Indie labels, wherever they're from, are usually a small operation. Southern is several small operations. Southern Studios manufactures/distributes many US indie labels, though in the past they've handled the likes of Crass, and sell these onto the punters through amongst others, Southern Records Distribution (SRD), who are also very involved in the UK dance scene.
Oh and Southern Records, who actually started out 10 years ago to accomodate Babes in Toyland, has seen such luminaries as Jah Wobble, Chumbawamba, Therapy? Carter USM and Silverfish pass through their books.
At the moment they have mainly US bands signed to the label, via their newest arm, their Chicago office. Running that part of the empire is Danielle Soto.
Your previous lineup contains maybe some of the most famous/successful bands about - Therapy, Carter, Babes in Toyand, and more major underground types like the Grifters. Do you think these bands could have been as successful if they'd stayed on Southern or do they need the major push to achieve sales success (as opposed to critical success!)
Or were they truly one-offs (in the US indie style)?
One obvious difference between the UK and the US is mere geography. Britain is much smaller with one "major" hub city, London. Therefore, the majors and the indies can all physically see and hear the bands at the same time. Whereas here, we have several hubs thousands of miles apart from each other. This seems to give indies a different footing than indies in the UK.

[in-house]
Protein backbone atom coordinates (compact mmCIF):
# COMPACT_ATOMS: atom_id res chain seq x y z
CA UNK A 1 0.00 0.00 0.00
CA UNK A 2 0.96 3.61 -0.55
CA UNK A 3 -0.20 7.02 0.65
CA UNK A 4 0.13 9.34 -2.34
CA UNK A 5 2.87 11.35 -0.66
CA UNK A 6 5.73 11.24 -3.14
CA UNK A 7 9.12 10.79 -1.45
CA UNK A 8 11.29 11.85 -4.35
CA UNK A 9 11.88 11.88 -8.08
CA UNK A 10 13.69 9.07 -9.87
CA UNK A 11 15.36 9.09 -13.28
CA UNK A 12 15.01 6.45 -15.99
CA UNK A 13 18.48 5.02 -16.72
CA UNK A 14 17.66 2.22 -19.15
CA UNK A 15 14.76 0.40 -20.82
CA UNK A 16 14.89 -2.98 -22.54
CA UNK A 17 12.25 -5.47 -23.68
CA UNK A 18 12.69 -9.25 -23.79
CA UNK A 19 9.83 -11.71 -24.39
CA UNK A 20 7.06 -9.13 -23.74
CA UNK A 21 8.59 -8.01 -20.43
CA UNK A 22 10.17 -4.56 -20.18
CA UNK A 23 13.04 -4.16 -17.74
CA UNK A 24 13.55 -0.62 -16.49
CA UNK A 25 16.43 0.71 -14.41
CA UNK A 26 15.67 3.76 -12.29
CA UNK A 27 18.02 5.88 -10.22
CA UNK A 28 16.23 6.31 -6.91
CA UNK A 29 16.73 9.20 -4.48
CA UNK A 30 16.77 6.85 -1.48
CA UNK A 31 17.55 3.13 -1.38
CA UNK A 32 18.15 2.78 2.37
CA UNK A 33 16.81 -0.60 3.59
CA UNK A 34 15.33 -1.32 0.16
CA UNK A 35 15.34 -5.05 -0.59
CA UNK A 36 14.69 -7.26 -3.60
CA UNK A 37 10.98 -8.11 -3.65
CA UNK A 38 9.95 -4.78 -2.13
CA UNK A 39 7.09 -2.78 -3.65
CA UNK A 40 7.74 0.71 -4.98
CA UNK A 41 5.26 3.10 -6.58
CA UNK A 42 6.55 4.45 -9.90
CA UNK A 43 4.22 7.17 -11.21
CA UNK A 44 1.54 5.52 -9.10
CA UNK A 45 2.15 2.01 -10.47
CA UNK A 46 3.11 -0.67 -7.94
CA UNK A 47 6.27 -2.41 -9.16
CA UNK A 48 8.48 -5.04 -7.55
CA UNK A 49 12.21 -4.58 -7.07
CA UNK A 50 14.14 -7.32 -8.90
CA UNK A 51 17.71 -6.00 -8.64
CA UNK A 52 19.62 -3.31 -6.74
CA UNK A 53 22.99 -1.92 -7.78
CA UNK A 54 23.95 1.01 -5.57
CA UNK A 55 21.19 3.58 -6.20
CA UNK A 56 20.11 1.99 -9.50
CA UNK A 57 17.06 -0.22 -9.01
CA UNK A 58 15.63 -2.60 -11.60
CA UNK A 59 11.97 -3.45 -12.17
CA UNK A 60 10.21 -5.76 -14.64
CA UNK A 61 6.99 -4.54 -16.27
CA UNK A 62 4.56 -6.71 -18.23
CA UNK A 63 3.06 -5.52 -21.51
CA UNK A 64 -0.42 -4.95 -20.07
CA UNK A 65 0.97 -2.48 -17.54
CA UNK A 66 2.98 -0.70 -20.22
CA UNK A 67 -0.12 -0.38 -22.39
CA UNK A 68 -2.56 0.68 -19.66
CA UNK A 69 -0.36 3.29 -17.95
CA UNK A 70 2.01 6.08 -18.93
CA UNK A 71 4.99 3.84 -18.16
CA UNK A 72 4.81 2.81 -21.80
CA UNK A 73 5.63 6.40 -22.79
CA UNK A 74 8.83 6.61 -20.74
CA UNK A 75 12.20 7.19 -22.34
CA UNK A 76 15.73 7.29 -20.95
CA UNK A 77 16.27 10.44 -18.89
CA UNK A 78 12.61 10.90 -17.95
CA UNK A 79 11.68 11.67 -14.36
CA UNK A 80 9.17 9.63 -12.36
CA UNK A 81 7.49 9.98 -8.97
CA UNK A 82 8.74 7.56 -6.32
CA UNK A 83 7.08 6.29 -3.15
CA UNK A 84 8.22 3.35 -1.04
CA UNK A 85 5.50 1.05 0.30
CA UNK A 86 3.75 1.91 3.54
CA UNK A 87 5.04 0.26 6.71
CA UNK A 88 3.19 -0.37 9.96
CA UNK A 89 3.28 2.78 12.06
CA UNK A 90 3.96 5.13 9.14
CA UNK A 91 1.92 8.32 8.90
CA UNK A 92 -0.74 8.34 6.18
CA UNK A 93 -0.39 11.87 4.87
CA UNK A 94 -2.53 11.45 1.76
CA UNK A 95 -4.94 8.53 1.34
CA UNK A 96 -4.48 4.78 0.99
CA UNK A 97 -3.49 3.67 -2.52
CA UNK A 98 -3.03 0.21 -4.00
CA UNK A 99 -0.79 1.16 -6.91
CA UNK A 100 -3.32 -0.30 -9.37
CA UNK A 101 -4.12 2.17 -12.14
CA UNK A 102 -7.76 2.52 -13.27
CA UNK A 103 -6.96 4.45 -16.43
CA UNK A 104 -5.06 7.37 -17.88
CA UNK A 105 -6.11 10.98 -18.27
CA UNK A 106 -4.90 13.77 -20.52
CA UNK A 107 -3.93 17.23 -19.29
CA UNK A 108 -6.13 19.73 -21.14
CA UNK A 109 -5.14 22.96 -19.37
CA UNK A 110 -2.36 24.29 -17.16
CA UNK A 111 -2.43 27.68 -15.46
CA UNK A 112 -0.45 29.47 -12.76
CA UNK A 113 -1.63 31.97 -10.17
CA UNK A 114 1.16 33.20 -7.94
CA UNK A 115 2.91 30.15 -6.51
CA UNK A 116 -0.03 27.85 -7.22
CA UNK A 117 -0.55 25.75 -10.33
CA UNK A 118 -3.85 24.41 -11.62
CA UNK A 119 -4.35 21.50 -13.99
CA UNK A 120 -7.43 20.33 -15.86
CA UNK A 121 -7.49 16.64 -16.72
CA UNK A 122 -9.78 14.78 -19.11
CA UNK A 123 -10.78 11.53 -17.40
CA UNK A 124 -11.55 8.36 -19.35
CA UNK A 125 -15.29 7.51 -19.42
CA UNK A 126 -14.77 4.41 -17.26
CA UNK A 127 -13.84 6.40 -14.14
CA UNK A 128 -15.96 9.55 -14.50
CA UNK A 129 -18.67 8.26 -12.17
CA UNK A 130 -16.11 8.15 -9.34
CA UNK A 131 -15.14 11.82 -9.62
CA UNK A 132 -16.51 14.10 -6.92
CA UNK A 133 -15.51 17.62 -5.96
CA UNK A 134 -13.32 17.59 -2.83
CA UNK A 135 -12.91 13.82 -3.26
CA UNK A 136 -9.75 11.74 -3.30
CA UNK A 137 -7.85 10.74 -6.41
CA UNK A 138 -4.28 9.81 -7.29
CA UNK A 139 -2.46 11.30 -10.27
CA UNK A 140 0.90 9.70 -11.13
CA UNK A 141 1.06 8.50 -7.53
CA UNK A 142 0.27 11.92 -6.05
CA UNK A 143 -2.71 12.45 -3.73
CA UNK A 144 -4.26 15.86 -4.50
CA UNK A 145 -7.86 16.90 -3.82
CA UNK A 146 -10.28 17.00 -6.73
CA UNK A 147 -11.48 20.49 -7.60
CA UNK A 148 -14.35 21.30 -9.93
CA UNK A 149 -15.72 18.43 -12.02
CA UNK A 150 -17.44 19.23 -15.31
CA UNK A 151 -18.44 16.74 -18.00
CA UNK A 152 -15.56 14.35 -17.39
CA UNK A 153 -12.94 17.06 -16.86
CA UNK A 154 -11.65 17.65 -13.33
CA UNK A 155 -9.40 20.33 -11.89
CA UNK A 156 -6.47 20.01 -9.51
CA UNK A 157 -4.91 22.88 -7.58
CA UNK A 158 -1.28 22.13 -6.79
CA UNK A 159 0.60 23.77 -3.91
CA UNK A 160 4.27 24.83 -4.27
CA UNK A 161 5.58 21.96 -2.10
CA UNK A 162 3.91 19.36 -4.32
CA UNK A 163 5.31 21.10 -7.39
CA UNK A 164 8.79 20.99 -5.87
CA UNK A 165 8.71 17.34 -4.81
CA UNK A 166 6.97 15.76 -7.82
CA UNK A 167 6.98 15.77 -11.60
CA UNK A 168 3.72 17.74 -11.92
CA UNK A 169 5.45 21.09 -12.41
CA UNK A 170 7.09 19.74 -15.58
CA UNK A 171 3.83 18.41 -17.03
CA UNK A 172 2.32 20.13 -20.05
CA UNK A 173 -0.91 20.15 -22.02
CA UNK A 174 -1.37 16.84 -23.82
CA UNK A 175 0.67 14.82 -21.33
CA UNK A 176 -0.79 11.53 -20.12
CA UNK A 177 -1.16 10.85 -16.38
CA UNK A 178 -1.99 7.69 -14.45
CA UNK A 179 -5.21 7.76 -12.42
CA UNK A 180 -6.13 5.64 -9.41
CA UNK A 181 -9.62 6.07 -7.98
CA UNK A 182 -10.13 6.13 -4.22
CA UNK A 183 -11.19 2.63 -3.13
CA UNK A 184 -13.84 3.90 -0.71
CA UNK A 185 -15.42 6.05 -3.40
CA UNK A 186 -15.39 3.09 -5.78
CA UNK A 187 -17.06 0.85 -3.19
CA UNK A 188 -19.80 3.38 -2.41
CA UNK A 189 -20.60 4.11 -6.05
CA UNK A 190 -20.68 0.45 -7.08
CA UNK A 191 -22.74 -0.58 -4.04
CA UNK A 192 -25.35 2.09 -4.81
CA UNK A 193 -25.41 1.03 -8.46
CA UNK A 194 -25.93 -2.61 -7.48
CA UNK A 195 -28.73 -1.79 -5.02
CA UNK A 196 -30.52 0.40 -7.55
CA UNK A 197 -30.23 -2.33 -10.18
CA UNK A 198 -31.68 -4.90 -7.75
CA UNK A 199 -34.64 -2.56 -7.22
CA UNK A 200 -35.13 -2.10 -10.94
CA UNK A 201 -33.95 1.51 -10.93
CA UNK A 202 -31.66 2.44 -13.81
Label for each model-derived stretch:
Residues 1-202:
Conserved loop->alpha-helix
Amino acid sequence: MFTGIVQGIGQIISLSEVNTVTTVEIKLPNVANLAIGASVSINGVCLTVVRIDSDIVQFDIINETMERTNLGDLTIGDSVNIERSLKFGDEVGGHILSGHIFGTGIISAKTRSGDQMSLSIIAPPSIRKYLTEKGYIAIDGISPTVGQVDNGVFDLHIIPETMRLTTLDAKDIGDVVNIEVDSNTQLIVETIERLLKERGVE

There's something I'm puzzled about - Therapy, Carter, Chumbawamba etc are all UK bands - were their signings made with the US or UK or both in mind?
No, honestly, it is has more to do with the growth and changes of personnel, as well as, direction for the company. Therapy and the others were during an "era" of Southern when there were different folks, different bands, different times. Also, remember, that distribution and manufacturing is the main stake of Southern; having labels like Dischord, Crass, Touch And Go (for UK/Europe), etc... is a full time job.
That may also be the reason that the Southern label catalog has such spurts in releases, if you look at the time periods.
Conversely then, the question that needs to be asked - why are your current bands mainly American? Britpop not good enough for you?
Oooo Ouch! Take that pen out of my back, please.
I came on with Southern about 4 1/2 years ago to head their US distribution.
Previously, they had been doing all the actual "sales" from England. About a year ago, I made an honest effort to find bands that we wanted to work with and that wanted to work with us. So, now our current roster is full of yanks or second rate colonials, as my good English friend says. I brought on The Smoothies, rex, Ui, Karate, Faucet, HIM, and a recent addition to our family, Slow Loris from Canada.
Quint are an English band - one of the women from Ut is now in Quint. They're a John Loder find (John pretty much started Southern Studios with Crass).
Quint have Steve Albini-recorded single out through Southern. US bands currently active are Rex, with their 'Waltzes' ep, while Rex drummer Doug Scharin, late of Codeine, has a dub project, HIM, with an lp out now. Noise merchants Karate and Ui (sometimes seen in the Tortoise pigeonhole) also have an album out now, all on Southern.
Thanks for Danielle for speaking to us and Dominica D'Arcangello for background on the UK operation.
Reprinted from bigwig, 1996